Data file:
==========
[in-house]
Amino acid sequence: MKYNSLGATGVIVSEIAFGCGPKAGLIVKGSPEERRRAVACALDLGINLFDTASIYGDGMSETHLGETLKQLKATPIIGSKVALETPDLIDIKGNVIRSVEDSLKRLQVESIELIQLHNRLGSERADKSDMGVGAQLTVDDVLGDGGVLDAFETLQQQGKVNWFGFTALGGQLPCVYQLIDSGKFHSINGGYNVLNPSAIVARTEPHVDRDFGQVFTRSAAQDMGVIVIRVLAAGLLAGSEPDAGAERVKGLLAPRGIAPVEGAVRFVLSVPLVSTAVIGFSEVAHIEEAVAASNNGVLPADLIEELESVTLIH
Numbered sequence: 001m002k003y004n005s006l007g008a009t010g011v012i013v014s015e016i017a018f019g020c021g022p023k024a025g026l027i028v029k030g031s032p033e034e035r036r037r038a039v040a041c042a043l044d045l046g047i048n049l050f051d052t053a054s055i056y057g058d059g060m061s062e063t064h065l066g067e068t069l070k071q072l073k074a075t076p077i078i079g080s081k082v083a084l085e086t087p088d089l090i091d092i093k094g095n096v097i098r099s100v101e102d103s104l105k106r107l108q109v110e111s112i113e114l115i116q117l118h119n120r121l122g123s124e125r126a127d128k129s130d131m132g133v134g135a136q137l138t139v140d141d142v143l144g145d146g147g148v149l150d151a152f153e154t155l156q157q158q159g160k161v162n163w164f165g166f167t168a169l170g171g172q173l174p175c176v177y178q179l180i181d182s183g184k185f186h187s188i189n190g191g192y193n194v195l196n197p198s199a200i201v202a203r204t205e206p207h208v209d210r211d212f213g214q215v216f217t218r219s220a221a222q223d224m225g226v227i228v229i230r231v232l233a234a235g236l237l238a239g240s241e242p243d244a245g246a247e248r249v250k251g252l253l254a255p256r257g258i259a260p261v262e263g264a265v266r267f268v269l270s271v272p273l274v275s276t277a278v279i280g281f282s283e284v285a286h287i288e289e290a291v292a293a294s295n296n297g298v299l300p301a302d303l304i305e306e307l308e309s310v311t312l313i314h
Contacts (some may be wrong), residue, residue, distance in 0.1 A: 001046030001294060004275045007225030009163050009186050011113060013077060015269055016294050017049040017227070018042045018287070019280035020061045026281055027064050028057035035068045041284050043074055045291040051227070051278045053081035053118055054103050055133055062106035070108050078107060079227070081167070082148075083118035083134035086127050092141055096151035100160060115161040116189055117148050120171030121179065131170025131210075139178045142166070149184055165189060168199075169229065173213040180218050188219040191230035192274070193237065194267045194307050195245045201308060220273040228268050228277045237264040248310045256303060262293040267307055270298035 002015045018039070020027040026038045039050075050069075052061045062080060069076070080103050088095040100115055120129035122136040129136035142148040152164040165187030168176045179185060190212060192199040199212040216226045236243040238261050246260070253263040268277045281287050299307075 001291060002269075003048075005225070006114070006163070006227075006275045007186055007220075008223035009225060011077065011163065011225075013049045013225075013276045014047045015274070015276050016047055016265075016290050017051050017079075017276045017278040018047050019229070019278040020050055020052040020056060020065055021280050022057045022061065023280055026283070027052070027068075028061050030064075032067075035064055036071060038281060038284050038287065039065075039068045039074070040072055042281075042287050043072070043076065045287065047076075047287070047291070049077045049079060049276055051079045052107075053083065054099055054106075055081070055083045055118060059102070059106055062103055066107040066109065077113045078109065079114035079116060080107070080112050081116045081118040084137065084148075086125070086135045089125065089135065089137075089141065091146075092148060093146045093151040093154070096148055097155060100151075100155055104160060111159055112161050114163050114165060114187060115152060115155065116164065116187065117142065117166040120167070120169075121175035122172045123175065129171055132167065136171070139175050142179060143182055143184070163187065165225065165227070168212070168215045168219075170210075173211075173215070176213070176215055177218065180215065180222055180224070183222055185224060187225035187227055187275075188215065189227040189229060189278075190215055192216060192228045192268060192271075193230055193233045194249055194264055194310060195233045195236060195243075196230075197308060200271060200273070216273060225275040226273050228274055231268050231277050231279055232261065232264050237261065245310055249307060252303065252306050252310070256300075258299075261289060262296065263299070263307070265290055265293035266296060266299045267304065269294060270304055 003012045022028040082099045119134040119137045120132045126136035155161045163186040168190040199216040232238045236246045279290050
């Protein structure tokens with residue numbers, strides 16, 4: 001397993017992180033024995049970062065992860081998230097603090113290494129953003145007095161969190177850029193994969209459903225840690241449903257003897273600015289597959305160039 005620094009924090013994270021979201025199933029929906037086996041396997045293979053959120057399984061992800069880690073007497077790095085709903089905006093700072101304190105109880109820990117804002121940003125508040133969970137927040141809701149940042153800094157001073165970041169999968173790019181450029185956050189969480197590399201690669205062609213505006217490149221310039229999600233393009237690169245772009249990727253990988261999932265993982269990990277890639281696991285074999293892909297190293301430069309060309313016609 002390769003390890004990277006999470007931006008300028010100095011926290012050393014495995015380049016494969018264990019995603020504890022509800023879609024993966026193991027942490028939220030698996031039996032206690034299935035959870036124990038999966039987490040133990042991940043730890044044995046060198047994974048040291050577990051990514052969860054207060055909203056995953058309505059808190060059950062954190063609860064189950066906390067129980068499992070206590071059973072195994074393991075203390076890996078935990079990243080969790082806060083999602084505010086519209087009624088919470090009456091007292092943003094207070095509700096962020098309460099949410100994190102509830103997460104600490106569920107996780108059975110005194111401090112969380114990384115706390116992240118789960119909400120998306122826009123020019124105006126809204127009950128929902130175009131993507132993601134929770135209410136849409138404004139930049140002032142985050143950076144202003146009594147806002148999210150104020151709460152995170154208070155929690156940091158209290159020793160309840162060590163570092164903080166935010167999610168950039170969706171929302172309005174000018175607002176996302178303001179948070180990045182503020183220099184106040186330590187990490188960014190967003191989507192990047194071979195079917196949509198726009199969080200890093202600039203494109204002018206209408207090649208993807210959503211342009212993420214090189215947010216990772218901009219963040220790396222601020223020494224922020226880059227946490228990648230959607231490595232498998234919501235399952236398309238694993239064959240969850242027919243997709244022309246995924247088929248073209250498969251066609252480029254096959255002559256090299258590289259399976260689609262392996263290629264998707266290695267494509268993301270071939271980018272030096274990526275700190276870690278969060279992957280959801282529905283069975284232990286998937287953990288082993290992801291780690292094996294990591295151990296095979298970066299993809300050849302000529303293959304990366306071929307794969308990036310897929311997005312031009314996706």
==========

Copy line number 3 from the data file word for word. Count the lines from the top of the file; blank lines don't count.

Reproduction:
Numbered sequence: 001m002k003y004n005s006l007g008a009t010g011v012i013v014s015e016i017a018f019g020c021g022p023k024a025g026l027i028v029k030g031s032p033e034e035r036r037r038a039v040a041c042a043l044d045l046g047i048n049l050f051d052t053a054s055i056y057g058d059g060m061s062e063t064h065l066g067e068t069l070k071q072l073k074a075t076p077i078i079g080s081k082v083a084l085e086t087p088d089l090i091d092i093k094g095n096v097i098r099s100v101e102d103s104l105k106r107l108q109v110e111s112i113e114l115i116q117l118h119n120r121l122g123s124e125r126a127d128k129s130d131m132g133v134g135a136q137l138t139v140d141d142v143l144g145d146g147g148v149l150d151a152f153e154t155l156q157q158q159g160k161v162n163w164f165g166f167t168a169l170g171g172q173l174p175c176v177y178q179l180i181d182s183g184k185f186h187s188i189n190g191g192y193n194v195l196n197p198s199a200i201v202a203r204t205e206p207h208v209d210r211d212f213g214q215v216f217t218r219s220a221a222q223d224m225g226v227i228v229i230r231v232l233a234a235g236l237l238a239g240s241e242p243d244a245g246a247e248r249v250k251g252l253l254a255p256r257g258i259a260p261v262e263g264a265v266r267f268v269l270s271v272p273l274v275s276t277a278v279i280g281f282s283e284v285a286h287i288e289e290a291v292a293a294s295n296n297g298v299l300p301a302d303l304i305e306e307l308e309s310v311t312l313i314h